5 Mar 2016

Vielikan: "A Trapped Way of Wisdom"

Progressive songwriting with a core of death
Compared to the more technical variety, death metal that is actually progressive is a rare sight. Some would claim the two are interchangable, but I would highly disagree. Some bands sacrifice listenability in favor of progressiveness and as such becomes much less accessible in order to get stranger. The Tunisian death metal band Vielikan goes in another direction, throwing those notions to the wind. While strongly rooted in death metal their style also absorbs the rich nutrients from progressive metal.

Comprised of seven otherworldly tracks of alien horror "A Trapped Way for Wisdom" is a collection of expansive death metal of Nocturnus-esque proportions. Not only does the album showcase the band's technical skills, but also their flair for songwriting. The vocalist brings to mind Swedish growlers like Mikael Åkerfeldt and Peter Tägtgren, flaunting his exceptional range in our faces. As mentioned above progressiveness and musical accomplishment needn't go hand in hand, just as you don't need to be a good driver to navigate a crowded city. Vielikan live and breathe through their sound, not by playing a billion notes per second at 250 bpm, but through unusual melodies and song structures that broaden, narrow, ascend, descend, extend and condense.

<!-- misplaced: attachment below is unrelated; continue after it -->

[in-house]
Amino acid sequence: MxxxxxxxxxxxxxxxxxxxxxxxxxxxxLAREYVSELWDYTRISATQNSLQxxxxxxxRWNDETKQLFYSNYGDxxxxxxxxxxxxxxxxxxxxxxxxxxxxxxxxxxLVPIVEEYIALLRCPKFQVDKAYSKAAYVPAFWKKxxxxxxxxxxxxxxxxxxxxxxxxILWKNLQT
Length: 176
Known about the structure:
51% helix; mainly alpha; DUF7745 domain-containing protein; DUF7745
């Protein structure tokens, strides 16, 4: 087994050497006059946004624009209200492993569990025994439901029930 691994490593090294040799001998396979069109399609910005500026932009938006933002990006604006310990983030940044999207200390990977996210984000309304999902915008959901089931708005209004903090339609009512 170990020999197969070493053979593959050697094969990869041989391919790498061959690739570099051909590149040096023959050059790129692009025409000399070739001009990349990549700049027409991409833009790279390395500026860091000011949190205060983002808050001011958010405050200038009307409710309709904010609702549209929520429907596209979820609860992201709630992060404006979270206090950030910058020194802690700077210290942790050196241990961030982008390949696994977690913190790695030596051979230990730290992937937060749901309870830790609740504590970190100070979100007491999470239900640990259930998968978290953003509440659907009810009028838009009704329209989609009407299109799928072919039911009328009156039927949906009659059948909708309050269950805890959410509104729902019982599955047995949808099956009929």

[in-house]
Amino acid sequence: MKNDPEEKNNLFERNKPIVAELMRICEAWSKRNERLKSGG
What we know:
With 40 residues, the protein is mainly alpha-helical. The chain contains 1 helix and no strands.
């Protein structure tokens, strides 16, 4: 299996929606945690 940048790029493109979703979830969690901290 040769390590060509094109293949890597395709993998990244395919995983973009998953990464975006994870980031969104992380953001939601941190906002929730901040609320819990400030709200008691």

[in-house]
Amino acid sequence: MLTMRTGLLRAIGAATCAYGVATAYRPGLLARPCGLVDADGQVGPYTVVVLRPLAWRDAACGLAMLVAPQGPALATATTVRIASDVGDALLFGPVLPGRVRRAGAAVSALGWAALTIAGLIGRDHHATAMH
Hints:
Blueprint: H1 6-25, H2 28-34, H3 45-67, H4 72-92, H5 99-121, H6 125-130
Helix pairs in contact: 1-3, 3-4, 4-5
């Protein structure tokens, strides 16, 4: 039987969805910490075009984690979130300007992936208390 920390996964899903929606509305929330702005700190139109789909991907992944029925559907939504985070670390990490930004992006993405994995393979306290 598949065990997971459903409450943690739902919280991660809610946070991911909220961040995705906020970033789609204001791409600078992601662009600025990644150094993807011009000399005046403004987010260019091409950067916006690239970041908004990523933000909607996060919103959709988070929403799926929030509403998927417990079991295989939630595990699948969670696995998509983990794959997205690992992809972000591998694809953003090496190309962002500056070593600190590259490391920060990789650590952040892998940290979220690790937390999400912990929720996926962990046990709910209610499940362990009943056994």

"Through the track "Zero Affection" the album comes to an early climax, but rather than going down hill from there the band continues to elaborate,"

The Tunisian quartet have got malevolent aggression, eerie slow parts and an ominous all-engulfing atmosphere all around. Through the track "Zero Affection" the album comes to an early climax, but rather than going down hill from there the band continues to elaborate, using that energy to keep going through several movements of varying intensity. The prophecy set by the cover, a landscape of something dark, spacey and esoteric, is fulfilled through Vielikan's lengthy songwriting. "A Trapped Way of Wisdom" is not an album you can just put on as background music. You have to listen to what is going on, and let yourself be immersed in their black ichor. There are plenty of details to be noticed, among which are the prominent bass lines that add to that sense of dread and intensity.


Released in 2010 independently

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